4. Narrative must represent events as past, but games cannot do so. “In a verbal narrative, the grammatical tense will necessarily present a temporal relation between the time of the narration (narrative time) and the events told (story time). ..While movies and theatre do not have a grammatical tense to indicate the temporal relations, they still carry a basic sense that even though the viewer is watching a movie, now, or even though the players are on stage performing, the events told are not happening now” (Juul 2001, 7). But in an interactive medium such as games “it is impossible to influence something that has already happened. This means that you cannot have interactivity and narration at the same time” (Juul 2001, 8). The narratologist H. Porter Abbott invokes a similar argument to exclude games from the narrative family (2002,13 and 31-32). For Abbott, narrative always concerns events (or imagined events) that are already “in the book” of history; it is this pastness that enables the narrator to select materials from memory and to configure them according to narrative patterns. Yet if the retrospective stance is the prototypical narrative situation, there are many types of narrative that do not look back at past events: for instance, the counterfactual scenarios of virtual history; the promises of political candidates: “If you elect me, this and that will happen;” the Grand Narratives of religion, whose last events, the Second Coming and Last Judgment, are yet to happen, and in their best moments, when they rise above chronicle and create a sense of plot, the narrative in real time of sports broadcasts.3 Another problem with regarding narrative as necessarily retrospective is that it cannot account for the experience of film and drama. As many critics have observed, images, unlike language, create the illusion of the immediate presence of their referent. A movie can admittedly flash the titles “England, 1941,” “Los Angeles, 1950” or “New York, 2002” (cf. The Hours), and the spectator will realize that the events took place at various points in the past. But once the pictures begin to move, the spectator experiences the events as taking place in the present. The same phenomenon occurs in novels. Written narrative uses tense, a device unique to language, to express temporal remove, but immersed readers transport themselves in imagination into the past, and they apprehend it as “now” regardless of the tense used. Even when stories are ostentatiously told by looking backward, they are experienced by readers, spectators and arguably players by looking forward, from the point of view of the characters. There are consequently only superficial differences, in terms of the lived experience of time, between games, movies, and novels.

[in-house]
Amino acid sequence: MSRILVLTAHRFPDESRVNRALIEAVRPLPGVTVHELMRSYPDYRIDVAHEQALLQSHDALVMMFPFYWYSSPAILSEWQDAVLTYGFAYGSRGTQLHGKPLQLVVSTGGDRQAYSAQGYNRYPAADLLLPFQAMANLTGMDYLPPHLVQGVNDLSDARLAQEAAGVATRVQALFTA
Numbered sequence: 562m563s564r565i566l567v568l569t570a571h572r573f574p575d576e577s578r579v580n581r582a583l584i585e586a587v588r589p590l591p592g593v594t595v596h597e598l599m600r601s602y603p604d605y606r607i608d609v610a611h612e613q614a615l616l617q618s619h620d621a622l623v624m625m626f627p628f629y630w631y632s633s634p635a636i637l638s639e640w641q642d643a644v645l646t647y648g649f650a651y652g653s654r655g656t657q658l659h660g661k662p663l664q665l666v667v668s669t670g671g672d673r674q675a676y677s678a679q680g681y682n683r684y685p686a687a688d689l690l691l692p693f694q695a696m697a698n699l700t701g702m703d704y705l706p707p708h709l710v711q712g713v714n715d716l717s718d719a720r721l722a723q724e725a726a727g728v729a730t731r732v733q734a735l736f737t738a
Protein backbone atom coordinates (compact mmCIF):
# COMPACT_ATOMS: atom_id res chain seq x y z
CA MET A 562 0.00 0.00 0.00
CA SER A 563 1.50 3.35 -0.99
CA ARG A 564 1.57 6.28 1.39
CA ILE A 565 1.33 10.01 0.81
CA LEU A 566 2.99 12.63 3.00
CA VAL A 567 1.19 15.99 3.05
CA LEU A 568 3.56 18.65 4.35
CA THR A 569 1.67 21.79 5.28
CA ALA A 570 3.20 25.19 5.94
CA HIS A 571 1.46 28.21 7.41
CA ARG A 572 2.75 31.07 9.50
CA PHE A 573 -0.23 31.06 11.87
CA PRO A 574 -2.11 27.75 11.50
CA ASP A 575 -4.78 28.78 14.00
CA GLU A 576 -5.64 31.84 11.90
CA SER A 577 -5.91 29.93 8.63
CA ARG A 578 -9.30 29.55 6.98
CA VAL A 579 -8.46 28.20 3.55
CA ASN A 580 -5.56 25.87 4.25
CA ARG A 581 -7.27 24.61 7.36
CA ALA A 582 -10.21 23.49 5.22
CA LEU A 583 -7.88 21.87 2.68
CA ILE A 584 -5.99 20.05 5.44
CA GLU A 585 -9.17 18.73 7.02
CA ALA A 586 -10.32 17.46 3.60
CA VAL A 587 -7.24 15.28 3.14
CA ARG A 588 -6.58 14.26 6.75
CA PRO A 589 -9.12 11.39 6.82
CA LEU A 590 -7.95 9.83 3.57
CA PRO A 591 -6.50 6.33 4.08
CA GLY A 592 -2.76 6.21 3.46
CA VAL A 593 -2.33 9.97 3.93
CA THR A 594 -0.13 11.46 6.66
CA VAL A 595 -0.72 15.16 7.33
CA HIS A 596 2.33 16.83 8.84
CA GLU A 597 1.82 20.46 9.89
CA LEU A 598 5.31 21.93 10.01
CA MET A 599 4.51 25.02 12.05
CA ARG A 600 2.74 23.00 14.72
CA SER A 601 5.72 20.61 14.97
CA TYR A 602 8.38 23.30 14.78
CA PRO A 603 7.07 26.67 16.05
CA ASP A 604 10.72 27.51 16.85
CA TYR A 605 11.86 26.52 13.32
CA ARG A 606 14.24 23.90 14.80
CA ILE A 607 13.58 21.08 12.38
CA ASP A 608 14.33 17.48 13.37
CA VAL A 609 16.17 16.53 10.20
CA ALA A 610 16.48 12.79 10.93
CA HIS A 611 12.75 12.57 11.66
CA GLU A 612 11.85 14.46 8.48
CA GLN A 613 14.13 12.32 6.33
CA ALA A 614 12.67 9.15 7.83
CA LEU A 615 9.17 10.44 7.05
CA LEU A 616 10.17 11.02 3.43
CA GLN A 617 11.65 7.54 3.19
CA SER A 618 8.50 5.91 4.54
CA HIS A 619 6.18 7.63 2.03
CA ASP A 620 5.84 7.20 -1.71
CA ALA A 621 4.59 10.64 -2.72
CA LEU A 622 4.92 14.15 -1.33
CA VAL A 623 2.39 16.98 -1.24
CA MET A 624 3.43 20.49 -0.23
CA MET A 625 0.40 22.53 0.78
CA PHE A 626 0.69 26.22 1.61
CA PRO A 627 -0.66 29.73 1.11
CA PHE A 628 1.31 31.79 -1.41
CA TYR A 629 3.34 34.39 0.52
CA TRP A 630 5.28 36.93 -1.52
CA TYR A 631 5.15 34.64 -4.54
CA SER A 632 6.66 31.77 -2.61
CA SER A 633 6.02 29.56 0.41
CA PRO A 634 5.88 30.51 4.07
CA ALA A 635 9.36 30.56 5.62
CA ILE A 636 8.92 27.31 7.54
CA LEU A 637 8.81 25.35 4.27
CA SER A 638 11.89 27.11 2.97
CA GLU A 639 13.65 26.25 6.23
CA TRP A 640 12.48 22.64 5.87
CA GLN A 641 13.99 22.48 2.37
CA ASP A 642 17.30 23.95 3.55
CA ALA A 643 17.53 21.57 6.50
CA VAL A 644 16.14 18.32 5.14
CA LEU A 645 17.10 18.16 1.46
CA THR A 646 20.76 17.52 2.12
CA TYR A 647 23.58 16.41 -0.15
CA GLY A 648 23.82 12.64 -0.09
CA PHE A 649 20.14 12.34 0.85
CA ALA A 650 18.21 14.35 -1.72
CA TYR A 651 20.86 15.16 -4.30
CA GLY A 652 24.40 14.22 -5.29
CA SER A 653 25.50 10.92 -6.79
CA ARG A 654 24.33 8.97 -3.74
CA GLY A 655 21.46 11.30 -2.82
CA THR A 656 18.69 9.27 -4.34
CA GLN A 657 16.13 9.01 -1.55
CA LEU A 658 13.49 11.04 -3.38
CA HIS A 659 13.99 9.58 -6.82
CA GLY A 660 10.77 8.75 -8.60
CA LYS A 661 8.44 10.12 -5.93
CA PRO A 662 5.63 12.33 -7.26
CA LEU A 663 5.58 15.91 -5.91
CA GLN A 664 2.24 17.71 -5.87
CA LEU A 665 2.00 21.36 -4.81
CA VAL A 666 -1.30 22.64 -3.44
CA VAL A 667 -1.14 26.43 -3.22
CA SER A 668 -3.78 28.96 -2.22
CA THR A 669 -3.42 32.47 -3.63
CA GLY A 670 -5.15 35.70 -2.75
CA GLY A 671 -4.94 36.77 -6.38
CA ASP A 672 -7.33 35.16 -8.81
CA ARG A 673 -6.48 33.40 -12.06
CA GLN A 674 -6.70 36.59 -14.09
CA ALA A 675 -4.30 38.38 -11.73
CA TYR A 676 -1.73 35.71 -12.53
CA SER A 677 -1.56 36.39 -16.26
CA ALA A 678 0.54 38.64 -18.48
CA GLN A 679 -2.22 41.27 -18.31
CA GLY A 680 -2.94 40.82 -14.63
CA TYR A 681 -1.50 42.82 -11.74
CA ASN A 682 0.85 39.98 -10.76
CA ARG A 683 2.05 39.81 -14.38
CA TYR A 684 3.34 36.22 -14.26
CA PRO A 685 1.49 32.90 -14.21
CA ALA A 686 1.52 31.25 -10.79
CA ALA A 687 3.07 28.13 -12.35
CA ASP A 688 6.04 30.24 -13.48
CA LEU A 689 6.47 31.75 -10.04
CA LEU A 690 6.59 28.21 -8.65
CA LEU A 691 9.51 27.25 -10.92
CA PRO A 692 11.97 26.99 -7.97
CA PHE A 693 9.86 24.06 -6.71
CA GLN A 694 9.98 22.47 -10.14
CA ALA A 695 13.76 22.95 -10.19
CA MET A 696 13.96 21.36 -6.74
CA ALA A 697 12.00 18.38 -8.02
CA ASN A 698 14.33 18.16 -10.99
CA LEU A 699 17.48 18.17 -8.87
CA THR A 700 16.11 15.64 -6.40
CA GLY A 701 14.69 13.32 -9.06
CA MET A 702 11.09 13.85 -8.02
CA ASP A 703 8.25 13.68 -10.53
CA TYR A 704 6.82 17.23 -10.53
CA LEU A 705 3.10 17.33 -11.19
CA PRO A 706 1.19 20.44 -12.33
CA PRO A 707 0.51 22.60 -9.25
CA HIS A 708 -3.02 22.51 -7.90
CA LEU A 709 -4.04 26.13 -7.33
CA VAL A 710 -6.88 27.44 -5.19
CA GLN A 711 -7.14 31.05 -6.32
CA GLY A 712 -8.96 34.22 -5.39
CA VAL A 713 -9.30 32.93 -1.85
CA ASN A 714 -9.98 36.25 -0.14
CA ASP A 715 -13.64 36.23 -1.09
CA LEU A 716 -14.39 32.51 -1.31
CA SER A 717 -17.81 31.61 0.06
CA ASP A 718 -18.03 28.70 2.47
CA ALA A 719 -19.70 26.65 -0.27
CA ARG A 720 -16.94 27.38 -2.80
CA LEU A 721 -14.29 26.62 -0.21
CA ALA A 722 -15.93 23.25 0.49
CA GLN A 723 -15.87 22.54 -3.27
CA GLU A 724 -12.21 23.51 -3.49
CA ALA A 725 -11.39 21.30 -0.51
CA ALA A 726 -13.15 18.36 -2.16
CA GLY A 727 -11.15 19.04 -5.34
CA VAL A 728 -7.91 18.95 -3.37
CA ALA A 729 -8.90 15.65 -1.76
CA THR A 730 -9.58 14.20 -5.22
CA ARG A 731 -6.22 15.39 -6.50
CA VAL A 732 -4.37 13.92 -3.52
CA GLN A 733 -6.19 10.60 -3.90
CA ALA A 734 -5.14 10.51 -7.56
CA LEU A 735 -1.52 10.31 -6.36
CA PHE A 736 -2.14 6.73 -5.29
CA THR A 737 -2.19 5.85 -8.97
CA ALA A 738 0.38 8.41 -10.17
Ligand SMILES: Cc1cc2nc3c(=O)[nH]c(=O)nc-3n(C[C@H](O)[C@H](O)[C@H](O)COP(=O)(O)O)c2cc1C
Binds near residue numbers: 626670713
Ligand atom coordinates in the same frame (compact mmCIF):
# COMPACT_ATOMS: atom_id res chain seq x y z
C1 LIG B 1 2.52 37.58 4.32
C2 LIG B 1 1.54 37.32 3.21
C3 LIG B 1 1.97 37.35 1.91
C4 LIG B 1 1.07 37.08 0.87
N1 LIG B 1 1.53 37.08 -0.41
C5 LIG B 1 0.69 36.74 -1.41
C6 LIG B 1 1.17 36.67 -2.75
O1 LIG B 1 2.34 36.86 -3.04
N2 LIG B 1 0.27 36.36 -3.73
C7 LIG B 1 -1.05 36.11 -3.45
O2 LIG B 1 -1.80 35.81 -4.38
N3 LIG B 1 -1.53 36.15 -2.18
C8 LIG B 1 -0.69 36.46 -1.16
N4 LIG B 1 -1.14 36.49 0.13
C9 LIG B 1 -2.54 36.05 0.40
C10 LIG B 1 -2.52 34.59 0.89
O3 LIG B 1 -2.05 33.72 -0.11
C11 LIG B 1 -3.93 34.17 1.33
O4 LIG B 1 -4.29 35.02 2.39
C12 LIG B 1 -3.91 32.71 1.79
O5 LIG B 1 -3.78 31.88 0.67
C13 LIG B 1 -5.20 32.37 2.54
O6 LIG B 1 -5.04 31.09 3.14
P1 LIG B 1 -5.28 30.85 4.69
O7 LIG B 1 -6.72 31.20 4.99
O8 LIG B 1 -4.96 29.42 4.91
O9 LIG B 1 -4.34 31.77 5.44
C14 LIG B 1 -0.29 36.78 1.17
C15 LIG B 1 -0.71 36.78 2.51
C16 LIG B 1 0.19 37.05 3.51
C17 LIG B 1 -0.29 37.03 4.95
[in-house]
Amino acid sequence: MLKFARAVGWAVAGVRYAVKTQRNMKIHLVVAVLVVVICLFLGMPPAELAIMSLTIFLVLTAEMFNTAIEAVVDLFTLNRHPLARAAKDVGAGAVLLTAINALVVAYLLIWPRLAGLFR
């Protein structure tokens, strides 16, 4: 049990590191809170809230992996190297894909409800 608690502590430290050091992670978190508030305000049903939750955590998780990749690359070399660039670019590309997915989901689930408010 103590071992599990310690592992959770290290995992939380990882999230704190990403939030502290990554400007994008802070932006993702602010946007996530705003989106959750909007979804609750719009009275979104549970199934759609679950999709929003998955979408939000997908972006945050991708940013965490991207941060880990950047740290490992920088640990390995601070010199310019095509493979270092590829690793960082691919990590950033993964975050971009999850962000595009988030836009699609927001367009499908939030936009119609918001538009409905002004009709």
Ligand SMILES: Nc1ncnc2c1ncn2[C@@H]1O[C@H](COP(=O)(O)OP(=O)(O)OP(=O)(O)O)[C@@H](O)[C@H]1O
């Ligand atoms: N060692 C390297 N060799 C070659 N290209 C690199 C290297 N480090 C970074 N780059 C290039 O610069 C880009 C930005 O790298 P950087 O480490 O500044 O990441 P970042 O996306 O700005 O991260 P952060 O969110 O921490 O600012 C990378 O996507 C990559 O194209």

But let’s imagine that Eskelinen’s and Juul’s observations present no exceptions: no games have narrators; they place no restrictions whatsoever on the sequence of events; and they do not tolerate tampering with chronological order, while novels, movies and the theater behave in the exact opposite way. Let’s further assume that game players experience the action as happening now, while novel readers and movie or drama spectators always remain conscious of the difference between the time of the narrated events and the time of narration, even though the events never really happened. Would it mean that games cannot suggest stories ? No, it would simply mean that they do so in a partly different mode than novels, drama and movies. As we have seen in chapter 1, every medium capable of narrativity presents its own affordances and limitations; why then couldn’t video games present their own repertory of narrative possibilities ?

The “games are simulations, narratives are representations” argument